Mise-en-scene denotes the varying elements that are placed in a scene. This includes the camera needed components that are used to generate meaning –costume/lighting/acting and the types of shots used and camera techniques/movements. Thus the main function of Mise-en-scene is to add to the narrative by creating meaning, allowing creative expression through the physical manipulation of each scene.
The chosen film is Bram Stokers Dracula, 1992. The establishing shot begins with Vladimir turning against God. From the onset strong religious symbolism such as and Islamic crescent as a shadow on a map and a crucifix falling to the ground are present. The non-diagetic sound that is heard creates a dramatic tone with a building crescendo when the battle commences with Vladimir kissing the Cross. The battle is portrayed similar to a marionette show surrounded by blazing fire, creating a mystical atmosphere. The use of subtitles when Vladimir is informed of his wife’s suicide again supports a mythical ambience and shifts Vladimir’s belief in God, by throwing down his sword blood pours from the freshly pierced cross. Binary opposition is present with Good vs. Evil with the blood covering the ground. This represents the smother effect of evil. The responder is then presented with a shift from the current scene to the bitter sites of London a desolate contrast to the just occurred. We are informed of the date and situation emphasising that we are now viewing the present opposed to a the past.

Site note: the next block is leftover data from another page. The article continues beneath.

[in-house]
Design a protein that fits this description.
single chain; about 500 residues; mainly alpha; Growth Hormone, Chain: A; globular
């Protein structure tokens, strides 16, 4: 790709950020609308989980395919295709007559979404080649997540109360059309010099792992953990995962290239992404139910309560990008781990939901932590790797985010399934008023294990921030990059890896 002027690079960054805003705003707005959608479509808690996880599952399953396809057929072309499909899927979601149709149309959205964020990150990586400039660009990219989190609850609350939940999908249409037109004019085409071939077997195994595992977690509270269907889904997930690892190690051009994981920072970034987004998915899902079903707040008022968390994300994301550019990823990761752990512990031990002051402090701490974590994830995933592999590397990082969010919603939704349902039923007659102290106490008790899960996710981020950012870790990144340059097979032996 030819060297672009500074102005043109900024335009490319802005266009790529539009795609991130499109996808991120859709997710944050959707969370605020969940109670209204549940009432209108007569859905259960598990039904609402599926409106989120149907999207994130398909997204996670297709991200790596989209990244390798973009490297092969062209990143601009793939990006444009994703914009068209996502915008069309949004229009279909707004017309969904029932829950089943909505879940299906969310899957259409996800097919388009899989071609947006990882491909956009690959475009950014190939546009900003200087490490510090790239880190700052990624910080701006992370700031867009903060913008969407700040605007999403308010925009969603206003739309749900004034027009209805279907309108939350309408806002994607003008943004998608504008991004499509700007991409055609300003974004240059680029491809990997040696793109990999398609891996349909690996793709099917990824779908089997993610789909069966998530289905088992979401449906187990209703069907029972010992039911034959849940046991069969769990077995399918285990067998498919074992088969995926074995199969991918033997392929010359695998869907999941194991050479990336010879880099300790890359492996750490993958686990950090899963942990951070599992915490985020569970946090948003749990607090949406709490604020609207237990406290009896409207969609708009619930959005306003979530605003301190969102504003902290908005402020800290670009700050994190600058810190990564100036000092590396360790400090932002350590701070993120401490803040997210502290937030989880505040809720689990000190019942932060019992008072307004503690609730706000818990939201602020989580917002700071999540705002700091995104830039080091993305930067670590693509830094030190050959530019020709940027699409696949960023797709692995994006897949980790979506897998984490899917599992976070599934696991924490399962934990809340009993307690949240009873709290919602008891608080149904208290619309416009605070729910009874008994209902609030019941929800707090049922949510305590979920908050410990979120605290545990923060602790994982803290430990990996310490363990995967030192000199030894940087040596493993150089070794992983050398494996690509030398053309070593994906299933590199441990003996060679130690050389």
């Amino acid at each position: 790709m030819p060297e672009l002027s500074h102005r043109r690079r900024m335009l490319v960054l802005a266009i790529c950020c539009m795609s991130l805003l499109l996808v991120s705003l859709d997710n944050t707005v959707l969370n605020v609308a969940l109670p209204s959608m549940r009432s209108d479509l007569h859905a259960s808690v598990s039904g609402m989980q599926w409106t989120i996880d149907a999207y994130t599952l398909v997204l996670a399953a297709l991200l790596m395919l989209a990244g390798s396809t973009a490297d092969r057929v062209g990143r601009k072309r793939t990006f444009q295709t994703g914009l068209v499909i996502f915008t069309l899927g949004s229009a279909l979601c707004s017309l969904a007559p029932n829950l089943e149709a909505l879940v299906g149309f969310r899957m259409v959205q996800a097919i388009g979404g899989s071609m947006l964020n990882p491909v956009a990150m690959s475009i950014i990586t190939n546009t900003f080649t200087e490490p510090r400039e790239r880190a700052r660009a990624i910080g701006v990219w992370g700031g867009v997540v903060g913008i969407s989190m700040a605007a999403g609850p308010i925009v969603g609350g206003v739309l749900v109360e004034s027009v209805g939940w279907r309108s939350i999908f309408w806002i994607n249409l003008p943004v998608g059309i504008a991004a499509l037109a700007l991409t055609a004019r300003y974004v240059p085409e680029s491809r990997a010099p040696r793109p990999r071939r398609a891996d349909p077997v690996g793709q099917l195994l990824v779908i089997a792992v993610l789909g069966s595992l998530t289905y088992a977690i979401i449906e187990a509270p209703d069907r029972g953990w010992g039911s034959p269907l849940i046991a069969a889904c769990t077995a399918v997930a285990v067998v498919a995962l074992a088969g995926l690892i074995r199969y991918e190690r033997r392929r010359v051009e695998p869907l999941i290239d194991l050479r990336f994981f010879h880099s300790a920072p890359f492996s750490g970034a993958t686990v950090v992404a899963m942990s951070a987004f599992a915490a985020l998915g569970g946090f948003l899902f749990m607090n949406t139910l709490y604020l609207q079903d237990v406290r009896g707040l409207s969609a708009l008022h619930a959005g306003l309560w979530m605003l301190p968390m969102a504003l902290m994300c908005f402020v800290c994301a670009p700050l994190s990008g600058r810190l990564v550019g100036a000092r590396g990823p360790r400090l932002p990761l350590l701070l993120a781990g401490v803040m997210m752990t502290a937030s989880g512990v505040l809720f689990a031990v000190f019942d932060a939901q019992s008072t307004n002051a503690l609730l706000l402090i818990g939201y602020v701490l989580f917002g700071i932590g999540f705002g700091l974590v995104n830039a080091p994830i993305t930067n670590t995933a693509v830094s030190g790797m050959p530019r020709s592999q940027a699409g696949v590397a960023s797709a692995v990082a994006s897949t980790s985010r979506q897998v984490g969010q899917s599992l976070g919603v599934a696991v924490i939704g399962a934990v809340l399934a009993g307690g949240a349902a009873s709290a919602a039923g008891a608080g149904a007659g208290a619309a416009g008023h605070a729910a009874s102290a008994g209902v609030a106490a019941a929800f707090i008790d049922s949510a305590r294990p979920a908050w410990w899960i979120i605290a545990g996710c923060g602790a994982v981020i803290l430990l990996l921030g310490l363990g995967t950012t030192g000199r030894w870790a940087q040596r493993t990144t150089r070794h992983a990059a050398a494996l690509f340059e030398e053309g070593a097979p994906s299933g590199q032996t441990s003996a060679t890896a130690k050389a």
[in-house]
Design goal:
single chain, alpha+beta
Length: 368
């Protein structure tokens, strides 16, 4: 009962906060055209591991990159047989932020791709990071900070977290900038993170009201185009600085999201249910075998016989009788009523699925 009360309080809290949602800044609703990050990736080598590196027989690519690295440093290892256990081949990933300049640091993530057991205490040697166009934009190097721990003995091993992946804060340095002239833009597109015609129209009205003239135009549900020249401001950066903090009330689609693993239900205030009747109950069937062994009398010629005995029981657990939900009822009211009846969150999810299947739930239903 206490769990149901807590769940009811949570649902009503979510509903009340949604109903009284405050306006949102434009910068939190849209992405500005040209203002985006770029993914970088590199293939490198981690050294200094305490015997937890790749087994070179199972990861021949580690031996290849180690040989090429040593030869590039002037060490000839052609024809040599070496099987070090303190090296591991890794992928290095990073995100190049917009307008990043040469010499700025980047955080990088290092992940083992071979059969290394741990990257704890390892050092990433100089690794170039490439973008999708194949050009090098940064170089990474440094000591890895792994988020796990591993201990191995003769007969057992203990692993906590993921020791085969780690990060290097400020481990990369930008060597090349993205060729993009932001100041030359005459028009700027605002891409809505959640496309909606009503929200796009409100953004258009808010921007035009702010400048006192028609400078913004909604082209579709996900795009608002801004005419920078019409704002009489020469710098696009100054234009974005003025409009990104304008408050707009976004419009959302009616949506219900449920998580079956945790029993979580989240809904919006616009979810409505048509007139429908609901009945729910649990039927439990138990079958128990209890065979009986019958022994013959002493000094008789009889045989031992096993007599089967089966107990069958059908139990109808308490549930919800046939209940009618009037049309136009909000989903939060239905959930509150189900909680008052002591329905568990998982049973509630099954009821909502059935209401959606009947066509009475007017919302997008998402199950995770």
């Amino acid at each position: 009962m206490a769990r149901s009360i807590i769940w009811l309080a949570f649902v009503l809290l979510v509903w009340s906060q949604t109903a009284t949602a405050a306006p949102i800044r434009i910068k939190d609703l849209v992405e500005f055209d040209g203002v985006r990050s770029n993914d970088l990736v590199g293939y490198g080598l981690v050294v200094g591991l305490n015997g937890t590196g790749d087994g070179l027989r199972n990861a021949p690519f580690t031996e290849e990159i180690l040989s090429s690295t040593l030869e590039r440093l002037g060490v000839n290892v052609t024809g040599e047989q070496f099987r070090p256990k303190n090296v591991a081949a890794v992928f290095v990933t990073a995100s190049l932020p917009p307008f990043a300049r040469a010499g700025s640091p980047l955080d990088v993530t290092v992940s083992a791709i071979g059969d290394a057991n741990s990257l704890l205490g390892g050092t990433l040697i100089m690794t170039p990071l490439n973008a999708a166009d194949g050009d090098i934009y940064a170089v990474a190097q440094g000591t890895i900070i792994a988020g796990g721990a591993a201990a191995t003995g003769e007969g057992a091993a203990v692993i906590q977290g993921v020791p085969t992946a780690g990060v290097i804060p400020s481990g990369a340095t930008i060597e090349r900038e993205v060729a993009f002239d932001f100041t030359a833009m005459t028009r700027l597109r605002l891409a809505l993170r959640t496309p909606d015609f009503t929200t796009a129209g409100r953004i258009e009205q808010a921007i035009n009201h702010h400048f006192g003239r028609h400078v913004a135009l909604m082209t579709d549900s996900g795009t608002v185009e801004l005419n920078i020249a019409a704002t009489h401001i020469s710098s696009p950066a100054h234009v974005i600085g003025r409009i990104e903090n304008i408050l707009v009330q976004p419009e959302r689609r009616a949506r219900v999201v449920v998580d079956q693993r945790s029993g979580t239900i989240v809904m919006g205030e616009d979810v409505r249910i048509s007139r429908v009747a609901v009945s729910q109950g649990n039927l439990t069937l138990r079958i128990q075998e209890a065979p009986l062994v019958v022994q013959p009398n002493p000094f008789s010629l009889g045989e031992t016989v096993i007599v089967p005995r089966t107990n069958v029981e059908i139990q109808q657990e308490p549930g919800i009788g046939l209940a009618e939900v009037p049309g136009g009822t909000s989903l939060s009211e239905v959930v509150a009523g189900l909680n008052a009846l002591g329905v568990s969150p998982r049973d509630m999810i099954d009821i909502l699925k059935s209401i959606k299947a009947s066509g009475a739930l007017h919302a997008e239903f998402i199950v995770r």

Meaning is primarily shaped by mise-en-scene in the opening sequence due to very thin dialogue. The narration by Anthony Hopkins helps the responder link meaning to the mise-en-scene. The elements such as the Crescent’s shadow or the falling cross allow us to realise who is fighting and the location. Due to the fact that the meaning is created through both a mixture of mise-en-scene and dialogue through comparative analysis we are able to assume what the true meaning is. However in...
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